Over the past year I have set about forging a career in motorsport, whilst the financial aspect of this career choice is taking a bit more time to come together than I might have hoped, developing a network within the industry is coming along nicely. It was through this network I found myself in the position to be able to take my daughter (6) and eldest son (3) to the closing rounds of the European F3 championship and DTM championship in Hockenheim last weekend.

As a bit of a racing obsessive it is very easy to forget the intricacies of motor racing and just accept them as a given. Taking the time to explain them to my children made me take stock and start to question a few of the accepted norms.

This first occurred when explaining qualifying. When the DTM cars first went out on track my daughter, Isabelle, asked if they were racing now. I explained, they were out driving as fast as they can to decide what position they will start the race in. Without any hesitation, she replied “so the fastest starts as the back?” to which I explained the opposite was the case “but that’s boring, no one will overtake like that” came her reply. It’s such a simple point, but entirely fair. If the fastest start first how can we expect an entertaining race? Don’t get me wrong I completely take on board the traditionalists view of going racing, but it’s very hard to argue with a child’s logic.

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Our tickets for the weekend came from friends in an F3 team. At short notice they had arranged Paddock tickets for us. When we arrived at the circuit our host took the time to meet us at the circuit entrance and take us over to the paddock on the back of her quad bike. My son, Ben, would tell you, as he has all his friends, that was the real highlight of the day! Being given paddock tickets for a race is and will always be, a huge thing for me, but when it came to watching racing Isabelle made another observation. “why can’t we sit in the Stadium [grandstand]?” my reply “We don’t have tickets for the grandstand, we’ve got a good view of the track here” to which she replied “but there are so many empty seats, why can’t we just go and sit there?” Again she made a valid point. Why do fans simply accept empty grandstands and find a hill to watch the racing on. Sure I could have paid for a grandstand seat, but to be honest I wasn’t sure they would sit through an entire race. If circuits have empty seats, and fans sitting around the circuit, why not just open up the grandstands. Create a positive atmosphere and people will be more encouraged to come again, and pay for other activities at the circuit.

On to the racing itself, DTM worked fantastically for kids, well for my kids at least. During qualifying we each picked our favourite car, by colour of course, Isabelle went for the Pink Mercedes (Mücke Motorsport, Chrisitan Vietoris, & Lucas Auer) I went for the Red & White Shell BMW of Augusto Farfus, and Ben went for the Yellow BMW post van driven by Timo Glock. Each car has a digital read out on the side window displaying the drivers position in the race. Each lap Isabelle and Ben had to tell me what position their car was in and if they had move up or down from the last lap. As the race progressed this developed into telling me the position of the Red Bull cars, or the make of the car in first. The race flew by and despite our drivers not winning both Ben and Isabelle were able to explain the race to an impressive level of detail.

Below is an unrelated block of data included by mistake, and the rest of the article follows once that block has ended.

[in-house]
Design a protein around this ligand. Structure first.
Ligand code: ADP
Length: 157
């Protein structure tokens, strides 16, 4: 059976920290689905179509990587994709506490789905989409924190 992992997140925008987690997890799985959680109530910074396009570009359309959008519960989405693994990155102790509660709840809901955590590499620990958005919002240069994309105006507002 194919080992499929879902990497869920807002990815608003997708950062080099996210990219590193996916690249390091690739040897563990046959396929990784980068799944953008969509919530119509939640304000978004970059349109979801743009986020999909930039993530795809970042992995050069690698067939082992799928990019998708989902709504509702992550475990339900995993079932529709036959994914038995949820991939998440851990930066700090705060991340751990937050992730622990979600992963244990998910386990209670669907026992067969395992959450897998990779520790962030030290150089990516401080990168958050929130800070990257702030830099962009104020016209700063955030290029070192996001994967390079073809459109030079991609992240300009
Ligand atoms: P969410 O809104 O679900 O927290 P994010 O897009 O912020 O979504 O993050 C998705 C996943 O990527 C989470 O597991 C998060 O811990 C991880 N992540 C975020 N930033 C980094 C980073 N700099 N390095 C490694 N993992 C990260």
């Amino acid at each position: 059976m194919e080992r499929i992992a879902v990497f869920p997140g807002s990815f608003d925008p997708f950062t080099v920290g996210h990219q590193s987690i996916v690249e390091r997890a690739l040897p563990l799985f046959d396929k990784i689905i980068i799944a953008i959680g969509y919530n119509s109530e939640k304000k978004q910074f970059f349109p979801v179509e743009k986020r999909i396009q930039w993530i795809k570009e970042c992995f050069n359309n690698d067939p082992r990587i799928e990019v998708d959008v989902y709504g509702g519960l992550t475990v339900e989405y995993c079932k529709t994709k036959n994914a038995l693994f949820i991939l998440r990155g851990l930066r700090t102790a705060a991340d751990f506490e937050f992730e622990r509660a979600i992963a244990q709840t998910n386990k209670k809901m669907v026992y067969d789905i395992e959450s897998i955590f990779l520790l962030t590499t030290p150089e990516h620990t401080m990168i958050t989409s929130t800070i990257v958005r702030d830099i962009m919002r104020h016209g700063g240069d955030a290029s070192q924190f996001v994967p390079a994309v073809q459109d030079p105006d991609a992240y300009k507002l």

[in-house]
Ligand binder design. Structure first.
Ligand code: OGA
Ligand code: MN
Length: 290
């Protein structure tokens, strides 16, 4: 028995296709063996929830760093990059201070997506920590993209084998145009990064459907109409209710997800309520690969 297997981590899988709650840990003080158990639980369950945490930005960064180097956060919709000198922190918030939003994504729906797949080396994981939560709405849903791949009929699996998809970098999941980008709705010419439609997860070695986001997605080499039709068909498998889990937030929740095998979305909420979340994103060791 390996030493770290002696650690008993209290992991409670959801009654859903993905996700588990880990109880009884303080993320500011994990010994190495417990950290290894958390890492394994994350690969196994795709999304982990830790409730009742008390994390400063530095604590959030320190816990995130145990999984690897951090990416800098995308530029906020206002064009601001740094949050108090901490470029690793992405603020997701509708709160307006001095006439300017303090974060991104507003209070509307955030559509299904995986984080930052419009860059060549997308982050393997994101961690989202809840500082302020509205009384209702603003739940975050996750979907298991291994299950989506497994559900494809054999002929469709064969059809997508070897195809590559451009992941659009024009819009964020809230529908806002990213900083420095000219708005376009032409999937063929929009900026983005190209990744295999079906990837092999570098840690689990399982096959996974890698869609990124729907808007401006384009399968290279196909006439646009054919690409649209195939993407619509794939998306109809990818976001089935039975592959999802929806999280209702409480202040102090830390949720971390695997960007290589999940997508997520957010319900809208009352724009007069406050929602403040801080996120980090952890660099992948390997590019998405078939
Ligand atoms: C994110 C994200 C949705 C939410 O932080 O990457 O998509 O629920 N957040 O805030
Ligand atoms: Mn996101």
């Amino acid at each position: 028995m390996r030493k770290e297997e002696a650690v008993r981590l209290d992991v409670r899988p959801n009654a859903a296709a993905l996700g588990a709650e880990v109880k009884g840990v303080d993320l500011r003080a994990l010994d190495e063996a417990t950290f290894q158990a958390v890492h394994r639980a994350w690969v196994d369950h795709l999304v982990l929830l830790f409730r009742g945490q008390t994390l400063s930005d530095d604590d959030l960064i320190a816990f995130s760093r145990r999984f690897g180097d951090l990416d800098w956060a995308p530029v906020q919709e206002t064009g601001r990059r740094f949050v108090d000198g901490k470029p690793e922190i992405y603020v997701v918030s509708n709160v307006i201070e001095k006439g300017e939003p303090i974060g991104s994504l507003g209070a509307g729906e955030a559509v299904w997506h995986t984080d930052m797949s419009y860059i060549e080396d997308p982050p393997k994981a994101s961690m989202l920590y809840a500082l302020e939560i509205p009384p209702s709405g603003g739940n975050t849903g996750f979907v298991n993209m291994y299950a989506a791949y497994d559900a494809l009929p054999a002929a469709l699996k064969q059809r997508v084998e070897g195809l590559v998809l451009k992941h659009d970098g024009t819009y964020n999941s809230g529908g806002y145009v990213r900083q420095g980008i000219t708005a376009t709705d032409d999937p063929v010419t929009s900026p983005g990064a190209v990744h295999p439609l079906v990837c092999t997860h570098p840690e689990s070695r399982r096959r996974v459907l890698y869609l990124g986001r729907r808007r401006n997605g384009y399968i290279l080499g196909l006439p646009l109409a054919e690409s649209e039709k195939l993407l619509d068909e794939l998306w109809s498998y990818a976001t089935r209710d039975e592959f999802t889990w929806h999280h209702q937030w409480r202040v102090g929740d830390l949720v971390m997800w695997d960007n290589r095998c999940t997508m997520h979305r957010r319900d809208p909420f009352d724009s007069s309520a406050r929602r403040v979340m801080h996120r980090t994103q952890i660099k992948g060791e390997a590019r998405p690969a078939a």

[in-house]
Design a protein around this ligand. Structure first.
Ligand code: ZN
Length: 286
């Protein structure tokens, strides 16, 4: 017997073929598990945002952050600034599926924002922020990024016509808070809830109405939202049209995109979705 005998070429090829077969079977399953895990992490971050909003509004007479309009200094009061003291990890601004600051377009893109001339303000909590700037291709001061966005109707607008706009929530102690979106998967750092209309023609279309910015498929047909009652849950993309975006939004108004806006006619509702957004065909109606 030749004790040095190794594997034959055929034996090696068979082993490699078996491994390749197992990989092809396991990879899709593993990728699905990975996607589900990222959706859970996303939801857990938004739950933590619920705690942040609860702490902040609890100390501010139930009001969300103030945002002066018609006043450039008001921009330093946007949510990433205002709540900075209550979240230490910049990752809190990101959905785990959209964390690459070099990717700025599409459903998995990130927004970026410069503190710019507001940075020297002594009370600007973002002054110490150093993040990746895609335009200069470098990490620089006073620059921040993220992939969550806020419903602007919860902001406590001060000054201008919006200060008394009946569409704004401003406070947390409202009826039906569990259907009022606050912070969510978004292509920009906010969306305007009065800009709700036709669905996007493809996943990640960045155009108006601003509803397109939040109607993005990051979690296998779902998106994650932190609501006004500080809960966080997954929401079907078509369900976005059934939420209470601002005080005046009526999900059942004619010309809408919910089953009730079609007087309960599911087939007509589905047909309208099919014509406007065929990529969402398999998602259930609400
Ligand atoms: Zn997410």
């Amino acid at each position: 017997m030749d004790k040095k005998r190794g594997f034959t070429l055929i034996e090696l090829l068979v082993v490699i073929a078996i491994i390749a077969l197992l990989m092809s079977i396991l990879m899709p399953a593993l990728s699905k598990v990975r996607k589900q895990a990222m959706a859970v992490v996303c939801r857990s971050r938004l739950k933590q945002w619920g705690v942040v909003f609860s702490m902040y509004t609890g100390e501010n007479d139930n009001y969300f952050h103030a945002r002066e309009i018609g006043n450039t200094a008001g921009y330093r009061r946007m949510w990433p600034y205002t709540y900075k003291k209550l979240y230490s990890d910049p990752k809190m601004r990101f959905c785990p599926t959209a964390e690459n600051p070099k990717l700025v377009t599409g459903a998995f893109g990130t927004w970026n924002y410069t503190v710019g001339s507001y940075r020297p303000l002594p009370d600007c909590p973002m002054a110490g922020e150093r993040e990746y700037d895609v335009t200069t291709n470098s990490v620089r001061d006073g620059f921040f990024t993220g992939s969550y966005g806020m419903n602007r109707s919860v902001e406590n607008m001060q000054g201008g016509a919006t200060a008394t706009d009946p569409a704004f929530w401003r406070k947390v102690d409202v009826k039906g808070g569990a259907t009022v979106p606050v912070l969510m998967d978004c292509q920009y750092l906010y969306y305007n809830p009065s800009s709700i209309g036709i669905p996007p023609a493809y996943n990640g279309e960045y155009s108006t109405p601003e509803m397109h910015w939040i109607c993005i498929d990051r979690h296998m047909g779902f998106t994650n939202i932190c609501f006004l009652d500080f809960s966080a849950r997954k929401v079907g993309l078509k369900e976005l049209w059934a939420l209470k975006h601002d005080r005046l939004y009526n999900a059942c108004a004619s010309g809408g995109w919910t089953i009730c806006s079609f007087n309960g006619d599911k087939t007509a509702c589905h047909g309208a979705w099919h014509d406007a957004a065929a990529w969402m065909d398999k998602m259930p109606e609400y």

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Supporting the F3 and DTM was the Porsche Supercup, it was impressive to see that in addition to huge hospitality areas, Porsche had invested in creating a road safety area for young children. Children were given a tutorial on crossing roads safely and watching out for traffic lights and other simple road signs, then given 20 minutes to roam around a specially laid out circuit in peddle powered go karts and scooters. Whilst for an adult it might not sound overly riveting, my kids loved it. Plus, it gave me a chance to sit down for a few minutes!

Overall my first experience of Motorsport with children was positive, The DTM set up feels far more family friendly than my experiences of Formula One, there are activities for all ages, teams and drivers are happy to make time for you and the racing is easy to follow and not too long.  Leaving the circuit Isabelle talked about what she had enjoyed during the day and what our next racing experience would be, casually mentioning informing me I’d be taking her to a Formula One race to meet Lewis Hamilton and Nico Rosberg. No pressure then!

WEC: The Season Starts Here

Qualifying for the first round of the 2016 World Endurance Championship took place today in mixed, at times snowy, conditions at Silverstone. The No.7 Audi R18 of Andre Lotterer and Marcel Fassler ended the 20-minute wet session by claiming a sensational pole position with an average time of 1m53.204 at the head, with the No.8 Audi of Duval and Di Grassi make it all-Audi front row, although last gasp Di Grassi   attempt on pole ends in trip through gravel. Porsche fill out second row with No.1 heading No.2 Porsche 919 Hybrid, Disappointment for Toyota Gazoo Racing after issues leaves then 5th and 6th.

Ahead of the season opener check out Mobil One’s The Grid Preview to the 2016 World Endurance Championship:

Despite a challenging opening qualifying session Porsche remain confident they will be the team to beat in 2016, see their preview to the season here: